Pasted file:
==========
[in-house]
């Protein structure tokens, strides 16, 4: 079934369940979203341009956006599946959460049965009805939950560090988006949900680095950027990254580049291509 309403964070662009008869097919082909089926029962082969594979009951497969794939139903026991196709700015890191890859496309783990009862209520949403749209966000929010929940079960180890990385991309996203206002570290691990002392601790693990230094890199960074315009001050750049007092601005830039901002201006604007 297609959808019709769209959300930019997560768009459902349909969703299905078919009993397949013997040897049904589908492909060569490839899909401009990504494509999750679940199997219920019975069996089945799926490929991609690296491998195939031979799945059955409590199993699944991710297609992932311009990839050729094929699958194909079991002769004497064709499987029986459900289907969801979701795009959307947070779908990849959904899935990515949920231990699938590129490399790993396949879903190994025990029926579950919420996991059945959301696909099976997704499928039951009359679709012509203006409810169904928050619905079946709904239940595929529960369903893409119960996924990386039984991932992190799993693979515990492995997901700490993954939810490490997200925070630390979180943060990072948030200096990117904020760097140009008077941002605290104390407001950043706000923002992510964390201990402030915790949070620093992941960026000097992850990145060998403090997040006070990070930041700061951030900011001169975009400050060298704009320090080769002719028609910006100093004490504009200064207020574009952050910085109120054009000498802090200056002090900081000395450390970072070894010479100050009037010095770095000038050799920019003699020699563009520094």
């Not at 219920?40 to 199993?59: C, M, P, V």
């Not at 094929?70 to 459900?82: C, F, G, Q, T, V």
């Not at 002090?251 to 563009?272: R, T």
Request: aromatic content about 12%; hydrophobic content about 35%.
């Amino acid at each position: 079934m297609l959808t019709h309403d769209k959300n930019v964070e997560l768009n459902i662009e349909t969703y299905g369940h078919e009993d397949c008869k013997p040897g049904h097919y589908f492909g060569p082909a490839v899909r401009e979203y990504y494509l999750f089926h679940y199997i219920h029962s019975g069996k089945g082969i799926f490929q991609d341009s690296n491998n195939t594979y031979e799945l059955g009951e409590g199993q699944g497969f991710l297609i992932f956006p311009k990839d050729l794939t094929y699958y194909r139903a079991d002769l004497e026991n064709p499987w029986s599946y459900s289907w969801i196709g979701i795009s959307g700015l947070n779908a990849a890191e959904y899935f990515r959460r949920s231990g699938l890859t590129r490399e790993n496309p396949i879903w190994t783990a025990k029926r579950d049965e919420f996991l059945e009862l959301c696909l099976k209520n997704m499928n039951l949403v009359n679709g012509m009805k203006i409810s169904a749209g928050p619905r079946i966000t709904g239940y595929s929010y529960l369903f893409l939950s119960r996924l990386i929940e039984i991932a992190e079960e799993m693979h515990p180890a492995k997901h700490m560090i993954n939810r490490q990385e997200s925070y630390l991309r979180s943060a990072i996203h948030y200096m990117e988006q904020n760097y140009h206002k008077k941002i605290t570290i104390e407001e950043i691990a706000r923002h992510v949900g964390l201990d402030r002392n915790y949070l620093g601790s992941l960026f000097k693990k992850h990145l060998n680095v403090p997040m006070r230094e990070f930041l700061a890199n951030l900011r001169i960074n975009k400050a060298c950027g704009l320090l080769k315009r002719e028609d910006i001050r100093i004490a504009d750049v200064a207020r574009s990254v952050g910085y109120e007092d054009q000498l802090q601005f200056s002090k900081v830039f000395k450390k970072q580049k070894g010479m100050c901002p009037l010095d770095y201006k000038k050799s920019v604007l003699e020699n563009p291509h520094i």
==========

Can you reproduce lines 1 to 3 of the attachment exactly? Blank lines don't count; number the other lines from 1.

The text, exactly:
[in-house]
């Protein structure tokens, strides 16, 4: 079934369940979203341009956006599946959460049965009805939950560090988006949900680095950027990254580049291509 309403964070662009008869097919082909089926029962082969594979009951497969794939139903026991196709700015890191890859496309783990009862209520949403749209966000929010929940079960180890990385991309996203206002570290691990002392601790693990230094890199960074315009001050750049007092601005830039901002201006604007 297609959808019709769209959300930019997560768009459902349909969703299905078919009993397949013997040897049904589908492909060569490839899909401009990504494509999750679940199997219920019975069996089945799926490929991609690296491998195939031979799945059955409590199993699944991710297609992932311009990839050729094929699958194909079991002769004497064709499987029986459900289907969801979701795009959307947070779908990849959904899935990515949920231990699938590129490399790993396949879903190994025990029926579950919420996991059945959301696909099976997704499928039951009359679709012509203006409810169904928050619905079946709904239940595929529960369903893409119960996924990386039984991932992190799993693979515990492995997901700490993954939810490490997200925070630390979180943060990072948030200096990117904020760097140009008077941002605290104390407001950043706000923002992510964390201990402030915790949070620093992941960026000097992850990145060998403090997040006070990070930041700061951030900011001169975009400050060298704009320090080769002719028609910006100093004490504009200064207020574009952050910085109120054009000498802090200056002090900081000395450390970072070894010479100050009037010095770095000038050799920019003699020699563009520094």
């Not at 219920?40 to 199993?59: C, M, P, V």